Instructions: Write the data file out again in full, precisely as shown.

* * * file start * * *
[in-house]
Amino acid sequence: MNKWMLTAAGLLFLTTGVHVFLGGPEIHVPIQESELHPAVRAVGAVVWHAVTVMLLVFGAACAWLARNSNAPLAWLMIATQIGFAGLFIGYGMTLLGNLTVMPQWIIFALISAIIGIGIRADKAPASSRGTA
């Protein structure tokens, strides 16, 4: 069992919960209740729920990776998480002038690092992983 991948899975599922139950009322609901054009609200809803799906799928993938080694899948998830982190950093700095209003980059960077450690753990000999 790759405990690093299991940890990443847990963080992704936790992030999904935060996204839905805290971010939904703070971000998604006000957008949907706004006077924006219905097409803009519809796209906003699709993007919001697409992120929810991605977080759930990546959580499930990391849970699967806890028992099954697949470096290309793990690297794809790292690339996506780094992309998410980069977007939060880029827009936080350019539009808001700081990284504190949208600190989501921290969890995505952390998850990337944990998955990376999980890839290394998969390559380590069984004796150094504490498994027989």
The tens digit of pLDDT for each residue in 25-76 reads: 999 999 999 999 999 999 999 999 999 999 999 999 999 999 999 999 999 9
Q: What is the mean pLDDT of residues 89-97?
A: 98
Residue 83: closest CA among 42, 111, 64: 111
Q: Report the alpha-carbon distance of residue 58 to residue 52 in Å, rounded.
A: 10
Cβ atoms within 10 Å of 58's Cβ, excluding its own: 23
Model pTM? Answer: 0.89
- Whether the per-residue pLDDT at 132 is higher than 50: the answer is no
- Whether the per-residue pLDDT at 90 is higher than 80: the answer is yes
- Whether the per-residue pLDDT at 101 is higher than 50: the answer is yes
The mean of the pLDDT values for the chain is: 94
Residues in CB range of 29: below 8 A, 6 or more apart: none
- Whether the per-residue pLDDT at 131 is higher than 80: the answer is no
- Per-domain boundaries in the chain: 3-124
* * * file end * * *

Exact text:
[in-house]
Amino acid sequence: MNKWMLTAAGLLFLTTGVHVFLGGPEIHVPIQESELHPAVRAVGAVVWHAVTVMLLVFGAACAWLARNSNAPLAWLMIATQIGFAGLFIGYGMTLLGNLTVMPQWIIFALISAIIGIGIRADKAPASSRGTA
């Protein structure tokens, strides 16, 4: 069992919960209740729920990776998480002038690092992983 991948899975599922139950009322609901054009609200809803799906799928993938080694899948998830982190950093700095209003980059960077450690753990000999 790759405990690093299991940890990443847990963080992704936790992030999904935060996204839905805290971010939904703070971000998604006000957008949907706004006077924006219905097409803009519809796209906003699709993007919001697409992120929810991605977080759930990546959580499930990391849970699967806890028992099954697949470096290309793990690297794809790292690339996506780094992309998410980069977007939060880029827009936080350019539009808001700081990284504190949208600190989501921290969890995505952390998850990337944990998955990376999980890839290394998969390559380590069984004796150094504490498994027989």
The tens digit of pLDDT for each residue in 25-76 reads: 999 999 999 999 999 999 999 999 999 999 999 999 999 999 999 999 999 9
Q: What is the mean pLDDT of residues 89-97?
A: 98
Residue 83: closest CA among 42, 111, 64: 111
Q: Report the alpha-carbon distance of residue 58 to residue 52 in Å, rounded.
A: 10
Cβ atoms within 10 Å of 58's Cβ, excluding its own: 23
Model pTM? Answer: 0.89
- Whether the per-residue pLDDT at 132 is higher than 50: the answer is no
- Whether the per-residue pLDDT at 90 is higher than 80: the answer is yes
- Whether the per-residue pLDDT at 101 is higher than 50: the answer is yes
The mean of the pLDDT values for the chain is: 94
Residues in CB range of 29: below 8 A, 6 or more apart: none
- Whether the per-residue pLDDT at 131 is higher than 80: the answer is no
- Per-domain boundaries in the chain: 3-124